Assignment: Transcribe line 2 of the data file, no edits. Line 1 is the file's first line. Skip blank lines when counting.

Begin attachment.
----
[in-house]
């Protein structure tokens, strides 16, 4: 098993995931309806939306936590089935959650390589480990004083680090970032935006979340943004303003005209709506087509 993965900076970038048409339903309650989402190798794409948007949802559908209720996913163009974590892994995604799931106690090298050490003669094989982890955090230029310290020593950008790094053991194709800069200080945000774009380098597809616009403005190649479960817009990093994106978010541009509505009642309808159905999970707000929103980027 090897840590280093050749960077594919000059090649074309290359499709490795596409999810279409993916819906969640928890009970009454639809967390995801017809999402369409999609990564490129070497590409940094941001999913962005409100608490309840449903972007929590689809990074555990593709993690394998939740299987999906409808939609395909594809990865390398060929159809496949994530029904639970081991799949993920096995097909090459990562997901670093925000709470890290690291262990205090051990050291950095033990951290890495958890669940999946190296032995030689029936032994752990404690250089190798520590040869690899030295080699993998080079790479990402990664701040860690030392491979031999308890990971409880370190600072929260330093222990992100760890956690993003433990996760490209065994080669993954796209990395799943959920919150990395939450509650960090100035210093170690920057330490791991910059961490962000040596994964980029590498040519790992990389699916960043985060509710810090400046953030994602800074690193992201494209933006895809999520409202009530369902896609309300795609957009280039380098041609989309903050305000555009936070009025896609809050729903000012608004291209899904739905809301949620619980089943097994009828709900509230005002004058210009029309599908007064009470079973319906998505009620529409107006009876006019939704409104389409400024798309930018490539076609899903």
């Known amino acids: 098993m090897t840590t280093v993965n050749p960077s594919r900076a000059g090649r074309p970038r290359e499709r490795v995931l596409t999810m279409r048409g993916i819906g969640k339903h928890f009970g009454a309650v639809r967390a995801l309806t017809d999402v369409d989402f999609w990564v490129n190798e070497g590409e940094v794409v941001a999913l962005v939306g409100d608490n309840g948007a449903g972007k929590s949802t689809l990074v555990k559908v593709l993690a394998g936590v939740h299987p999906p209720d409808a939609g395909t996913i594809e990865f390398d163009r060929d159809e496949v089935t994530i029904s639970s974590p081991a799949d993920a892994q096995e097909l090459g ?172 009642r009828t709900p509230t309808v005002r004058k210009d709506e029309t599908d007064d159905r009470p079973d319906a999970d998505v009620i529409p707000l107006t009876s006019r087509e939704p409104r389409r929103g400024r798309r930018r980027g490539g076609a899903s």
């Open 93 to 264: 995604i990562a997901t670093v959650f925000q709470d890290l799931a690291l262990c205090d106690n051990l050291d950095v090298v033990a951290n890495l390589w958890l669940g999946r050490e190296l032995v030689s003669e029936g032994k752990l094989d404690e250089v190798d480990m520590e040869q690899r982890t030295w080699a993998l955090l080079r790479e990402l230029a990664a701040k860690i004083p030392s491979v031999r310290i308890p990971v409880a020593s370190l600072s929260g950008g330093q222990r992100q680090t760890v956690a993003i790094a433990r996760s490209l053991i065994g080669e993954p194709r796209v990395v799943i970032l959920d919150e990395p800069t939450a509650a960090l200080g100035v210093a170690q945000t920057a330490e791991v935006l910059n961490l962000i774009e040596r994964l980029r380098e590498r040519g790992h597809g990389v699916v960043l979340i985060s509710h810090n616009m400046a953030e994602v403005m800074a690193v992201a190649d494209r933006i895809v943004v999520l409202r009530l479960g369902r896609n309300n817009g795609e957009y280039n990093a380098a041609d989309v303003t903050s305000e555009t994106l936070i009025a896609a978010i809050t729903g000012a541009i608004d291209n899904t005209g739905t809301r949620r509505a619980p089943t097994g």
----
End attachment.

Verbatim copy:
């Protein structure tokens, strides 16, 4: 098993995931309806939306936590089935959650390589480990004083680090970032935006979340943004303003005209709506087509 993965900076970038048409339903309650989402190798794409948007949802559908209720996913163009974590892994995604799931106690090298050490003669094989982890955090230029310290020593950008790094053991194709800069200080945000774009380098597809616009403005190649479960817009990093994106978010541009509505009642309808159905999970707000929103980027 090897840590280093050749960077594919000059090649074309290359499709490795596409999810279409993916819906969640928890009970009454639809967390995801017809999402369409999609990564490129070497590409940094941001999913962005409100608490309840449903972007929590689809990074555990593709993690394998939740299987999906409808939609395909594809990865390398060929159809496949994530029904639970081991799949993920096995097909090459990562997901670093925000709470890290690291262990205090051990050291950095033990951290890495958890669940999946190296032995030689029936032994752990404690250089190798520590040869690899030295080699993998080079790479990402990664701040860690030392491979031999308890990971409880370190600072929260330093222990992100760890956690993003433990996760490209065994080669993954796209990395799943959920919150990395939450509650960090100035210093170690920057330490791991910059961490962000040596994964980029590498040519790992990389699916960043985060509710810090400046953030994602800074690193992201494209933006895809999520409202009530369902896609309300795609957009280039380098041609989309903050305000555009936070009025896609809050729903000012608004291209899904739905809301949620619980089943097994009828709900509230005002004058210009029309599908007064009470079973319906998505009620529409107006009876006019939704409104389409400024798309930018490539076609899903």